The northeast tip of Delaware, which borders Marcus Hook, Pa., home to the busy Sunoco Logistics gas-industrial construction site, got hopeful news of its own last month when a St. Louis-based industrial-land recycler, Commercial Development Co., said it was going to buy the shuttered 425-acre Claymont Steel site, with its 1,000-foot waterfront, also fronting the railroad and I-95.
Commercial Development boss Randall Jostes told state and local officials his firm hopes to demolish the century-old mill, clean the property, and offer sections to new industrial employers. Russian owner Evraz Steel had closed the electric mill in June, amid a worldwide collapse in steel prices, seven years after buying it for $564 million from a group of U.S. investors.
It's a little soon to celebrate: Commercial Development, part of the group that bought the ex-Bethlehem Steel site in Sparrows Point, Md. two years ago, and sold it to other investors earlier this year, hasn't yet closed on the Claymont ground, notes John Cartier, New Castle County councilman for Claymont. "I'll believe it when a new deed is recorded and the county gets a transfer tax payment. Til then it's all talk. Nice talk, but talk," Cartier told me, in the paneled county council meeting room in Wilmington.
Public officials expect at least part of the property -- the mill area and yards along Gov. Printz Blvd. and U.S. 13 -- will remain industrial. "This was an employment generator, and we're concerned about employment and careers and jobs," says Cartier.
He calls Sunoco Logistics' overhaul of the longtime Sun Oil Co. refinery into the Mariner East gas processing facility "a very exciting development" that will give neighboring Delaware "a competitive advantage" by supplying high-quality, low-cost ethane and other industrial materials and fuels. "That's a very fortuitous situation for this area. The Sunoco Logistics people are looking at allied manufacturing on these sites." They'd like customers nearby, Cartier says.
What about a gas port? That's prohibited under the Delaware Coastal Zone Act (since Delaware controls the river at this point, the law has also prevented gas shipping through ports in part of South Jersey,) Cartier says. Easier to ship it through the terminals at the Hook.
With its heavy-industry designation dating back at least to the steel plant's World War I foundations, there are no plans to restrict industry at the Claymont Steel site, the way the college town of Newark did at its former Chrysler plant site, which ultimately derailed a proposal for a billion-dollar gas power plant/data center, Cartier says.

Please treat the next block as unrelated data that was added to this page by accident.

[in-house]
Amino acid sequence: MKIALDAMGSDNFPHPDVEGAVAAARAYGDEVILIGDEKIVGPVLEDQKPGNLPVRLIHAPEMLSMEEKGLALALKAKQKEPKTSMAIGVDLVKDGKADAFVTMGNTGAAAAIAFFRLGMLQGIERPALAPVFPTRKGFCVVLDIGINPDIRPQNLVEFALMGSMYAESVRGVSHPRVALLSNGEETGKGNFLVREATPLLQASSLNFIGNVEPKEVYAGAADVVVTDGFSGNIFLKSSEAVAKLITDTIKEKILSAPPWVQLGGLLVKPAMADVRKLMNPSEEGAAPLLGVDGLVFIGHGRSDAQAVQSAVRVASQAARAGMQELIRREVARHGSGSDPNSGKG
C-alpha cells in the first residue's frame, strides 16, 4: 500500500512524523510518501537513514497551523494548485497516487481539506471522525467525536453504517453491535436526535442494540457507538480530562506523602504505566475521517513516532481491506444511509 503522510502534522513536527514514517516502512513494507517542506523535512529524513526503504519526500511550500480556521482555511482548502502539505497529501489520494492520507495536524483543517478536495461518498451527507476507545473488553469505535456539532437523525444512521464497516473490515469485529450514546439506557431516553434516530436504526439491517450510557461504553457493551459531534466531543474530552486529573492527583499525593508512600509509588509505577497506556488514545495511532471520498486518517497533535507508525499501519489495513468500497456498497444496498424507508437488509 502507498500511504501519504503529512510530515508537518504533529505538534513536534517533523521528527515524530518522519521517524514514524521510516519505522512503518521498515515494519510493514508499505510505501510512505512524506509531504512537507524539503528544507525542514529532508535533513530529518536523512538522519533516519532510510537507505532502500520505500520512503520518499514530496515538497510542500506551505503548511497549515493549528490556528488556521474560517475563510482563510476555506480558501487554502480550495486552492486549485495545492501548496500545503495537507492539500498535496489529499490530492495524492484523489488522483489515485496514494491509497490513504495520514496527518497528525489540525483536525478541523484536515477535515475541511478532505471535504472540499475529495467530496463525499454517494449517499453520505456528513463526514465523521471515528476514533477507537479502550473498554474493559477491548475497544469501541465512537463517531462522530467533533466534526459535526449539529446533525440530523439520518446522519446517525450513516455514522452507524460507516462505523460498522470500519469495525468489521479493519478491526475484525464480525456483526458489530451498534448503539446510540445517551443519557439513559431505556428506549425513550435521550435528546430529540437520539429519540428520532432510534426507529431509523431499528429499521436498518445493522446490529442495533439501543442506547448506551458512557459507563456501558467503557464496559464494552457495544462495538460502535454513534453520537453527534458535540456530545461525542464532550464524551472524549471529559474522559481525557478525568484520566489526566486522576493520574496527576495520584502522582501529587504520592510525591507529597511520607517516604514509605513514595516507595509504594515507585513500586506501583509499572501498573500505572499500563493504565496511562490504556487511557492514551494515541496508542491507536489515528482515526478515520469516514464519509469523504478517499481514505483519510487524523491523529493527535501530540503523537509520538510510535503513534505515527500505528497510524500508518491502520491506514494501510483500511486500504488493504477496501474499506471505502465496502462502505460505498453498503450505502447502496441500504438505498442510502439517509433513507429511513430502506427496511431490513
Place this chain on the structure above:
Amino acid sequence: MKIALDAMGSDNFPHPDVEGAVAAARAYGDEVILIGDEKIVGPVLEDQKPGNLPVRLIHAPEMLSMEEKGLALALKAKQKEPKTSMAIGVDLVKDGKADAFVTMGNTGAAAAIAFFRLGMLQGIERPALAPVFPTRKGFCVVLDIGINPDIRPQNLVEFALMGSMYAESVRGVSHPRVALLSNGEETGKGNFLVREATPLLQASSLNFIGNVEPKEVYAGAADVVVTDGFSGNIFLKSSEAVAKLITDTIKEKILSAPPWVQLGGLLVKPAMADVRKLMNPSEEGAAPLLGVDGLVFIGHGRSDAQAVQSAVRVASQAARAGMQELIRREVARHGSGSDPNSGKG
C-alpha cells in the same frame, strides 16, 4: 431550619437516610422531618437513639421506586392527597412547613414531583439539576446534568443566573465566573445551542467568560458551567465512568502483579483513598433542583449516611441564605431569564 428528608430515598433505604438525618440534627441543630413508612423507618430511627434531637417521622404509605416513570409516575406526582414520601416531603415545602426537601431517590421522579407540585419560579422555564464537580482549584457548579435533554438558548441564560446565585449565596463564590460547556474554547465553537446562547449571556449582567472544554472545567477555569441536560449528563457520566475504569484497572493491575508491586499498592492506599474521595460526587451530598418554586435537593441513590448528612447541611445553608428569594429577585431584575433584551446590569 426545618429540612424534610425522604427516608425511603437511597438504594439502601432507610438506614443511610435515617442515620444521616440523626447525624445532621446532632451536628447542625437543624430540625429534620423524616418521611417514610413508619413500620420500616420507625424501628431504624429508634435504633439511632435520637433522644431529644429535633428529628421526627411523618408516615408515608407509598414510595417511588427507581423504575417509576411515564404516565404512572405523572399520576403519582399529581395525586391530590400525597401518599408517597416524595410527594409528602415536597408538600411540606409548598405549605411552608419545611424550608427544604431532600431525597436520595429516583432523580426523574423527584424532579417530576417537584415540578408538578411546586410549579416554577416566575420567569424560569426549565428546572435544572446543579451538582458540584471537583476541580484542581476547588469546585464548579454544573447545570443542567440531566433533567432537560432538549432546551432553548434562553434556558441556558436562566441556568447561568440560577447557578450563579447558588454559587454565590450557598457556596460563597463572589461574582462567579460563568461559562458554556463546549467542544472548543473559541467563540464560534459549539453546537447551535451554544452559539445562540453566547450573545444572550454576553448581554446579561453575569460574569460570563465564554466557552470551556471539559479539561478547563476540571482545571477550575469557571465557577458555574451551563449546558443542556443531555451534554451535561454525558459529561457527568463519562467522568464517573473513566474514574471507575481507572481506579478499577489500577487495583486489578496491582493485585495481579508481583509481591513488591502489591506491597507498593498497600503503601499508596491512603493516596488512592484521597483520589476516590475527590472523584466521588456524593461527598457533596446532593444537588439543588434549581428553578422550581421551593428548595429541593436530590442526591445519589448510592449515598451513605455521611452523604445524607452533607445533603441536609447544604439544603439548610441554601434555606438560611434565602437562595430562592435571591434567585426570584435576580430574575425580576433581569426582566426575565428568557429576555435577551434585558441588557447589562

But the riverside land east of the railroad -- accessible to vehicles only through a sand road and a tunnel under the mill -- has grown back up in timber in recent decades, and that has some wheels spinning, too. "We have a greatly underutilized riverfront here that could be set aside for marina development," says Cartier.
He notes there is a scarcity of dockside space between the Summit North marina where he keeps his 28-foot boat, Firefly, more than 30 miles away down the Chesapeake and Delaware Canal, and the Corinthian Yacht Club to the north of Claymont, in Essington, Pa.
Cartier says the Claymont property adjoins the tip of Fox Point State Park, former DuPont Co. and Pennsylvania Railroad industrial land that was capped and planted for recreation in the 1990s, but remains fenced off from the mile-wide river.
The Claymont Steel waterfront, though it includes the ruins of old piers next to the busy Oceaport site on its north end, is mostly farther from the Delaware ship channel than at Fox Point, Cartier says; so the river there makes a better shelter for small boats.
"We could link that in a promenade, and open riverfront access" by bike and footpaths, to neighborhoods like the 900-unit under-construction Darley Green townhouse development (prices around $250,000), and the Claymont Septa station, which draws 350,000 riders a year and has been targeted for an update and new parking. Maybe the Claymont Fire Co. could get its marine unit back, after many years' absence, Cartier adds.
The county has already asked Rosen Group, owner of the aging Tri State Mall just north of the mill, which is about to lose its Kmart, to consider a redevelopment of its 40-acre property, Cartier said.
"When we had an active steel mill none of this was feasible," the councilman told me. "But now the whole northeast of this county is really in play. We need to do a master plan."
The county and the state of Delaware missed out on a fat windfall when Evaz bought the plant, Cartier told me. "The state is supposed to collect a 1.5% (property transfer) tax. Plus 1.5% for the county. But there was a loophole when you had a stock company merger," and neither Evraz nor the buyout-firm sellers, who had loaded the company with debt and paid themelves more than $200 million in in dividends before selling to Evraz, paid transfer tax. "We got screwed," Cartier added. State law has since been tightened, he said.
Back in 2007, with the mill a going concern, the state and county were grateful to keep it open and nearly 400 steelworkers employed. This time, Cartier insists government will get its fee.